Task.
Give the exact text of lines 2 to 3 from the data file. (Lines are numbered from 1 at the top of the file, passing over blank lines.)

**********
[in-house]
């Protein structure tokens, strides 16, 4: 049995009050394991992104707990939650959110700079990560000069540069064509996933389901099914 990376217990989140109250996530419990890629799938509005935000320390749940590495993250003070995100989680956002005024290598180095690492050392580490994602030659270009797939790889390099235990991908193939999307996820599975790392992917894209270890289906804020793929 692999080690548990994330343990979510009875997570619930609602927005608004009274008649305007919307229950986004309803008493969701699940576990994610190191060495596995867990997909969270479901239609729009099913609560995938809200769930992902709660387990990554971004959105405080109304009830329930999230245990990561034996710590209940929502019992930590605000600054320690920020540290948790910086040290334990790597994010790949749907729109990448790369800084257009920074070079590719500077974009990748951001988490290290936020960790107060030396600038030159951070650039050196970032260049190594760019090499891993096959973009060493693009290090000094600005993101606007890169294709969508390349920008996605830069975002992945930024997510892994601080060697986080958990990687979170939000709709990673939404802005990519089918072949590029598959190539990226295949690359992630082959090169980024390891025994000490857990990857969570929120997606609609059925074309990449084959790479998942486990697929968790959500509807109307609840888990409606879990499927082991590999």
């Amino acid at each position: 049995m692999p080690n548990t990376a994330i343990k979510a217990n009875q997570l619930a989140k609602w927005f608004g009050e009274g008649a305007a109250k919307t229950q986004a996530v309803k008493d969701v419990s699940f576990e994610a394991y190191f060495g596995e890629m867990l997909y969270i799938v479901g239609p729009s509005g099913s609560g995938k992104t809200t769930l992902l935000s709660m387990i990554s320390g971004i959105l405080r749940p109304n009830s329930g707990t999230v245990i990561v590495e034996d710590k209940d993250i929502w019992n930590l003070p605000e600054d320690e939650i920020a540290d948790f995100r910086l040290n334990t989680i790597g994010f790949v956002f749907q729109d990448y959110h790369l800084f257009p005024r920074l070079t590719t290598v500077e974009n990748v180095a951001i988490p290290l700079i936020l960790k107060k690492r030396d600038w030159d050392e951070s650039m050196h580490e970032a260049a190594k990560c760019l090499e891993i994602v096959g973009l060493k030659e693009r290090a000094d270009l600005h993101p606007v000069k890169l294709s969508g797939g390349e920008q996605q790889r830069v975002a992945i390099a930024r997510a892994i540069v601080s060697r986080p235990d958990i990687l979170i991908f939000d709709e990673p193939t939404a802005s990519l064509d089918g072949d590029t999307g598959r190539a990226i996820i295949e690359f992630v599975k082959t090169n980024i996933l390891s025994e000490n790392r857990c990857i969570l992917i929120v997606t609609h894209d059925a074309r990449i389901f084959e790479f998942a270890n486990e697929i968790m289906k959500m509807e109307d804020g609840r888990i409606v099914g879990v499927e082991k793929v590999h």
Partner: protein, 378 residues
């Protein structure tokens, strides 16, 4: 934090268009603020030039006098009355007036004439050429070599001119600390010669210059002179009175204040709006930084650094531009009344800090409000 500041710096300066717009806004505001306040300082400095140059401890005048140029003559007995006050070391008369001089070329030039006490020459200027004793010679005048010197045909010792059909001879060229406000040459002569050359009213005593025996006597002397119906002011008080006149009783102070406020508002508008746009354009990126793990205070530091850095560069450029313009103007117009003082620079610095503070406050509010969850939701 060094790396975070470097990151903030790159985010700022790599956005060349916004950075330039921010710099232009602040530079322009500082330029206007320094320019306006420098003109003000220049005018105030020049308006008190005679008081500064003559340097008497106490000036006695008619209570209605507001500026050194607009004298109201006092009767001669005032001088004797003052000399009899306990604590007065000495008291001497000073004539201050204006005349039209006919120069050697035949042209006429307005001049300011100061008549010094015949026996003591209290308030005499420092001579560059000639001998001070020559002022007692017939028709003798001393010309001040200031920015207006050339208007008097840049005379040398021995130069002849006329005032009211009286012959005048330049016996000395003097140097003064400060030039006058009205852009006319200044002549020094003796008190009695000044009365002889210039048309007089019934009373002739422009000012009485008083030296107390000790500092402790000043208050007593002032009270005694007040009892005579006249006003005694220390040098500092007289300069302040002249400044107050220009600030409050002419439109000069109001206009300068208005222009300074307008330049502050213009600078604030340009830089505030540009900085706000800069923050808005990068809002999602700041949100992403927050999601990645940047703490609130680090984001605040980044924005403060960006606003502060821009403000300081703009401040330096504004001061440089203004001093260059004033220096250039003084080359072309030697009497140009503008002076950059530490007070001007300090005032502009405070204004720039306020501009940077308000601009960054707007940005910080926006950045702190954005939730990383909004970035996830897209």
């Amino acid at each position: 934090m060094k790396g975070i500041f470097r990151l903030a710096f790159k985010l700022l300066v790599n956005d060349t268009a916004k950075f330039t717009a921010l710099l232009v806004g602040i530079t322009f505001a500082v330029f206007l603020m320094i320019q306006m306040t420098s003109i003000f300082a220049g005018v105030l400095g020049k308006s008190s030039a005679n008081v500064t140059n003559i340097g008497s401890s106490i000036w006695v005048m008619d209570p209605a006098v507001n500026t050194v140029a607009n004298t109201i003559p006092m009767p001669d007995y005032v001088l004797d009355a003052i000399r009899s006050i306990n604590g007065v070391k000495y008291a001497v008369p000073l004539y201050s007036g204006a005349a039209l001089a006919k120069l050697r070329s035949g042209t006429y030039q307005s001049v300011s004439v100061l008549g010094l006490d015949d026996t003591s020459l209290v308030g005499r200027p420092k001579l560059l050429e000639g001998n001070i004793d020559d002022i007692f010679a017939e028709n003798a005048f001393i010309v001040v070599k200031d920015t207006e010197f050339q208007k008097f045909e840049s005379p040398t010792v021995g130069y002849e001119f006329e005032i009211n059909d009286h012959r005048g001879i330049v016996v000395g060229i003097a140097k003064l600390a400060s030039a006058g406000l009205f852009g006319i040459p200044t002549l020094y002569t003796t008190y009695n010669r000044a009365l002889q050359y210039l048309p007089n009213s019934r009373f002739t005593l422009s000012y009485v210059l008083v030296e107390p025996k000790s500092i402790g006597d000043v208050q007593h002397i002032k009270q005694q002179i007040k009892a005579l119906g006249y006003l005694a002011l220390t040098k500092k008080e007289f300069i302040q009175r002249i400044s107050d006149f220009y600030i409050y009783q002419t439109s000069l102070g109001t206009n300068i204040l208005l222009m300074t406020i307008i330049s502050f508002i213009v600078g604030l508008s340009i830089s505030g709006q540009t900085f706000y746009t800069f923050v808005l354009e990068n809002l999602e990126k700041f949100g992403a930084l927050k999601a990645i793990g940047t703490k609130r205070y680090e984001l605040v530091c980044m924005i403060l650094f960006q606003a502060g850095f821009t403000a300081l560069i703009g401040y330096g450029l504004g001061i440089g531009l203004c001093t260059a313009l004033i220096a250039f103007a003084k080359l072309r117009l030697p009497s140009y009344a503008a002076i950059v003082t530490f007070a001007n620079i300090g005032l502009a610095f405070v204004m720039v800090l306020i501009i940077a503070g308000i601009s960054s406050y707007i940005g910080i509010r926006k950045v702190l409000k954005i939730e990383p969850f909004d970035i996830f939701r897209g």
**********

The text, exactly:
């Protein structure tokens, strides 16, 4: 049995009050394991992104707990939650959110700079990560000069540069064509996933389901099914 990376217990989140109250996530419990890629799938509005935000320390749940590495993250003070995100989680956002005024290598180095690492050392580490994602030659270009797939790889390099235990991908193939999307996820599975790392992917894209270890289906804020793929 692999080690548990994330343990979510009875997570619930609602927005608004009274008649305007919307229950986004309803008493969701699940576990994610190191060495596995867990997909969270479901239609729009099913609560995938809200769930992902709660387990990554971004959105405080109304009830329930999230245990990561034996710590209940929502019992930590605000600054320690920020540290948790910086040290334990790597994010790949749907729109990448790369800084257009920074070079590719500077974009990748951001988490290290936020960790107060030396600038030159951070650039050196970032260049190594760019090499891993096959973009060493693009290090000094600005993101606007890169294709969508390349920008996605830069975002992945930024997510892994601080060697986080958990990687979170939000709709990673939404802005990519089918072949590029598959190539990226295949690359992630082959090169980024390891025994000490857990990857969570929120997606609609059925074309990449084959790479998942486990697929968790959500509807109307609840888990409606879990499927082991590999």
């Amino acid at each position: 049995m692999p080690n548990t990376a994330i343990k979510a217990n009875q997570l619930a989140k609602w927005f608004g009050e009274g008649a305007a109250k919307t229950q986004a996530v309803k008493d969701v419990s699940f576990e994610a394991y190191f060495g596995e890629m867990l997909y969270i799938v479901g239609p729009s509005g099913s609560g995938k992104t809200t769930l992902l935000s709660m387990i990554s320390g971004i959105l405080r749940p109304n009830s329930g707990t999230v245990i990561v590495e034996d710590k209940d993250i929502w019992n930590l003070p605000e600054d320690e939650i920020a540290d948790f995100r910086l040290n334990t989680i790597g994010f790949v956002f749907q729109d990448y959110h790369l800084f257009p005024r920074l070079t590719t290598v500077e974009n990748v180095a951001i988490p290290l700079i936020l960790k107060k690492r030396d600038w030159d050392e951070s650039m050196h580490e970032a260049a190594k990560c760019l090499e891993i994602v096959g973009l060493k030659e693009r290090a000094d270009l600005h993101p606007v000069k890169l294709s969508g797939g390349e920008q996605q790889r830069v975002a992945i390099a930024r997510a892994i540069v601080s060697r986080p235990d958990i990687l979170i991908f939000d709709e990673p193939t939404a802005s990519l064509d089918g072949d590029t999307g598959r190539a990226i996820i295949e690359f992630v599975k082959t090169n980024i996933l390891s025994e000490n790392r857990c990857i969570l992917i929120v997606t609609h894209d059925a074309r990449i389901f084959e790479f998942a270890n486990e697929i968790m289906k959500m509807e109307d804020g609840r888990i409606v099914g879990v499927e082991k793929v590999h």